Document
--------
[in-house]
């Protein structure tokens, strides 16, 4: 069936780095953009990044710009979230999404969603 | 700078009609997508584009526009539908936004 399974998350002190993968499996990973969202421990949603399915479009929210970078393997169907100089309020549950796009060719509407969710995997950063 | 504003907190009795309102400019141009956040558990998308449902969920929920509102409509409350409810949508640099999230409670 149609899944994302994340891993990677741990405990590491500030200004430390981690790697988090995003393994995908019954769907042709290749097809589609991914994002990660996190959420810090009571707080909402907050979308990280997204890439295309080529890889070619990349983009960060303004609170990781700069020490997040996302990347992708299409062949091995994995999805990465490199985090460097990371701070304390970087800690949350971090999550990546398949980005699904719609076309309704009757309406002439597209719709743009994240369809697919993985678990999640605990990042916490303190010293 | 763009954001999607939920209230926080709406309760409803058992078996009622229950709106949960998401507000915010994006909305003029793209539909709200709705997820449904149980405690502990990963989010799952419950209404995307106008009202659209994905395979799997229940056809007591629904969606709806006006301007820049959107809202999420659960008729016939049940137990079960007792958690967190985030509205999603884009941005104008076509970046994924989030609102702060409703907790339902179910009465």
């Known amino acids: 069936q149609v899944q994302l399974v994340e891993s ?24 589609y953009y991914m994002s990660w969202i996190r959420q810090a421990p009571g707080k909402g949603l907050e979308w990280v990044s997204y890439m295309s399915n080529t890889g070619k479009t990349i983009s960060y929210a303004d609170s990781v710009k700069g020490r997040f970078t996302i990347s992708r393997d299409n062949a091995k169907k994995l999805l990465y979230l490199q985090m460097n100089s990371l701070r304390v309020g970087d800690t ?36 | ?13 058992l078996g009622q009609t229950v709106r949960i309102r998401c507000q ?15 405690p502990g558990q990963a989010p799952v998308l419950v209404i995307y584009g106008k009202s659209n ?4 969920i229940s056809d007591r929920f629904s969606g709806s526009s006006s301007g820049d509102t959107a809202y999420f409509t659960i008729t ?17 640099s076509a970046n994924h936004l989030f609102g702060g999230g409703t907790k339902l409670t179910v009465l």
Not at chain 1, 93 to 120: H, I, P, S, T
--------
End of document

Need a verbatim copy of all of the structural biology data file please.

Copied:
[in-house]
């Protein structure tokens, strides 16, 4: 069936780095953009990044710009979230999404969603 | 700078009609997508584009526009539908936004 399974998350002190993968499996990973969202421990949603399915479009929210970078393997169907100089309020549950796009060719509407969710995997950063 | 504003907190009795309102400019141009956040558990998308449902969920929920509102409509409350409810949508640099999230409670 149609899944994302994340891993990677741990405990590491500030200004430390981690790697988090995003393994995908019954769907042709290749097809589609991914994002990660996190959420810090009571707080909402907050979308990280997204890439295309080529890889070619990349983009960060303004609170990781700069020490997040996302990347992708299409062949091995994995999805990465490199985090460097990371701070304390970087800690949350971090999550990546398949980005699904719609076309309704009757309406002439597209719709743009994240369809697919993985678990999640605990990042916490303190010293 | 763009954001999607939920209230926080709406309760409803058992078996009622229950709106949960998401507000915010994006909305003029793209539909709200709705997820449904149980405690502990990963989010799952419950209404995307106008009202659209994905395979799997229940056809007591629904969606709806006006301007820049959107809202999420659960008729016939049940137990079960007792958690967190985030509205999603884009941005104008076509970046994924989030609102702060409703907790339902179910009465």
């Known amino acids: 069936q149609v899944q994302l399974v994340e891993s ?24 589609y953009y991914m994002s990660w969202i996190r959420q810090a421990p009571g707080k909402g949603l907050e979308w990280v990044s997204y890439m295309s399915n080529t890889g070619k479009t990349i983009s960060y929210a303004d609170s990781v710009k700069g020490r997040f970078t996302i990347s992708r393997d299409n062949a091995k169907k994995l999805l990465y979230l490199q985090m460097n100089s990371l701070r304390v309020g970087d800690t ?36 | ?13 058992l078996g009622q009609t229950v709106r949960i309102r998401c507000q ?15 405690p502990g558990q990963a989010p799952v998308l419950v209404i995307y584009g106008k009202s659209n ?4 969920i229940s056809d007591r929920f629904s969606g709806s526009s006006s301007g820049d509102t959107a809202y999420f409509t659960i008729t ?17 640099s076509a970046n994924h936004l989030f609102g702060g999230g409703t907790k339902l409670t179910v009465l």
Not at chain 1, 93 to 120: H, I, P, S, T